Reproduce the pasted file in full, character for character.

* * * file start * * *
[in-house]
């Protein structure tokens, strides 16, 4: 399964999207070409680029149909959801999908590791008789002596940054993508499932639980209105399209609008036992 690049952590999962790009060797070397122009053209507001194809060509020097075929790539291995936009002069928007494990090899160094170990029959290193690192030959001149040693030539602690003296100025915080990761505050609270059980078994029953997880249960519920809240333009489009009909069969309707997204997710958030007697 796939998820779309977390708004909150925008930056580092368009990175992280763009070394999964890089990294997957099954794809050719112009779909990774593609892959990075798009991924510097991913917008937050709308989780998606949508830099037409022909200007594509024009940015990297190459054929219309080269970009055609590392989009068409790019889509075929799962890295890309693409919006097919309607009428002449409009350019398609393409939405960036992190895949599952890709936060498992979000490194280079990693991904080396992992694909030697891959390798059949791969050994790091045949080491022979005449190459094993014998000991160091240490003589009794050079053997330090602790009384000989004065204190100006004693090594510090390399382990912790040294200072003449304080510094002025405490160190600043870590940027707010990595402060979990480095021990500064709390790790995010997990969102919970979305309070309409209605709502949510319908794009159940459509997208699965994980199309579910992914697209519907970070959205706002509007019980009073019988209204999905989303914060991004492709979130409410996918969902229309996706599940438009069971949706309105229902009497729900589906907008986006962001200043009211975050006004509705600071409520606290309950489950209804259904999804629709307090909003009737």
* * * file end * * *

[in-house]
């Protein structure tokens, strides 16, 4: 399964999207070409680029149909959801999908590791008789002596940054993508499932639980209105399209609008036992 690049952590999962790009060797070397122009053209507001194809060509020097075929790539291995936009002069928007494990090899160094170990029959290193690192030959001149040693030539602690003296100025915080990761505050609270059980078994029953997880249960519920809240333009489009009909069969309707997204997710958030007697 796939998820779309977390708004909150925008930056580092368009990175992280763009070394999964890089990294997957099954794809050719112009779909990774593609892959990075798009991924510097991913917008937050709308989780998606949508830099037409022909200007594509024009940015990297190459054929219309080269970009055609590392989009068409790019889509075929799962890295890309693409919006097919309607009428002449409009350019398609393409939405960036992190895949599952890709936060498992979000490194280079990693991904080396992992694909030697891959390798059949791969050994790091045949080491022979005449190459094993014998000991160091240490003589009794050079053997330090602790009384000989004065204190100006004693090594510090390399382990912790040294200072003449304080510094002025405490160190600043870590940027707010990595402060979990480095021990500064709390790790995010997990969102919970979305309070309409209605709502949510319908794009159940459509997208699965994980199309579910992914697209519907970070959205706002509007019980009073019988209204999905989303914060991004492709979130409410996918969902229309996706599940438009069971949706309105229902009497729900589906907008986006962001200043009211975050006004509705600071409520606290309950489950209804259904999804629709307090909003009737």